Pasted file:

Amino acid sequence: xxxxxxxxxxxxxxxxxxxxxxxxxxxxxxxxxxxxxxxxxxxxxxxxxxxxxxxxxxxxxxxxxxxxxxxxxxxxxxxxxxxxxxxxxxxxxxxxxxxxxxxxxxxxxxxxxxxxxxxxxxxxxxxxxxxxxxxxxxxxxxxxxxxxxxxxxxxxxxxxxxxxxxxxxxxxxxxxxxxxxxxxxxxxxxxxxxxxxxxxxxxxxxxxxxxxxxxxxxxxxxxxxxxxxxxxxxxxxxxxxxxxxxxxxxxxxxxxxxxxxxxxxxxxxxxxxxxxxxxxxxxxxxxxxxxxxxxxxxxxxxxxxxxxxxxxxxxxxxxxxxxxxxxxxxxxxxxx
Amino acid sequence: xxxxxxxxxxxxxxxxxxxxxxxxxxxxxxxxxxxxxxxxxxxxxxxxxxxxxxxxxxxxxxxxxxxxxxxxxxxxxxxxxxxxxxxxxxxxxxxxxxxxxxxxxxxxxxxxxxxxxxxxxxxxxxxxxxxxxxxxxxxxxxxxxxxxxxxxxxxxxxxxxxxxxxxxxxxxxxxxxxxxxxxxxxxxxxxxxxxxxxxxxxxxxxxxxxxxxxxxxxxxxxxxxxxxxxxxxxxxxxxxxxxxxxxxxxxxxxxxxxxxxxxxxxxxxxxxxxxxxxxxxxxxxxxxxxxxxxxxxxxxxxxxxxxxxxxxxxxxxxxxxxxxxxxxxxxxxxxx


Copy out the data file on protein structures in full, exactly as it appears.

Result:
Amino acid sequence: xxxxxxxxxxxxxxxxxxxxxxxxxxxxxxxxxxxxxxxxxxxxxxxxxxxxxxxxxxxxxxxxxxxxxxxxxxxxxxxxxxxxxxxxxxxxxxxxxxxxxxxxxxxxxxxxxxxxxxxxxxxxxxxxxxxxxxxxxxxxxxxxxxxxxxxxxxxxxxxxxxxxxxxxxxxxxxxxxxxxxxxxxxxxxxxxxxxxxxxxxxxxxxxxxxxxxxxxxxxxxxxxxxxxxxxxxxxxxxxxxxxxxxxxxxxxxxxxxxxxxxxxxxxxxxxxxxxxxxxxxxxxxxxxxxxxxxxxxxxxxxxxxxxxxxxxxxxxxxxxxxxxxxxxxxxxxxxx
Amino acid sequence: xxxxxxxxxxxxxxxxxxxxxxxxxxxxxxxxxxxxxxxxxxxxxxxxxxxxxxxxxxxxxxxxxxxxxxxxxxxxxxxxxxxxxxxxxxxxxxxxxxxxxxxxxxxxxxxxxxxxxxxxxxxxxxxxxxxxxxxxxxxxxxxxxxxxxxxxxxxxxxxxxxxxxxxxxxxxxxxxxxxxxxxxxxxxxxxxxxxxxxxxxxxxxxxxxxxxxxxxxxxxxxxxxxxxxxxxxxxxxxxxxxxxxxxxxxxxxxxxxxxxxxxxxxxxxxxxxxxxxxxxxxxxxxxxxxxxxxxxxxxxxxxxxxxxxxxxxxxxxxxxxxxxxxxxxxxxxxxx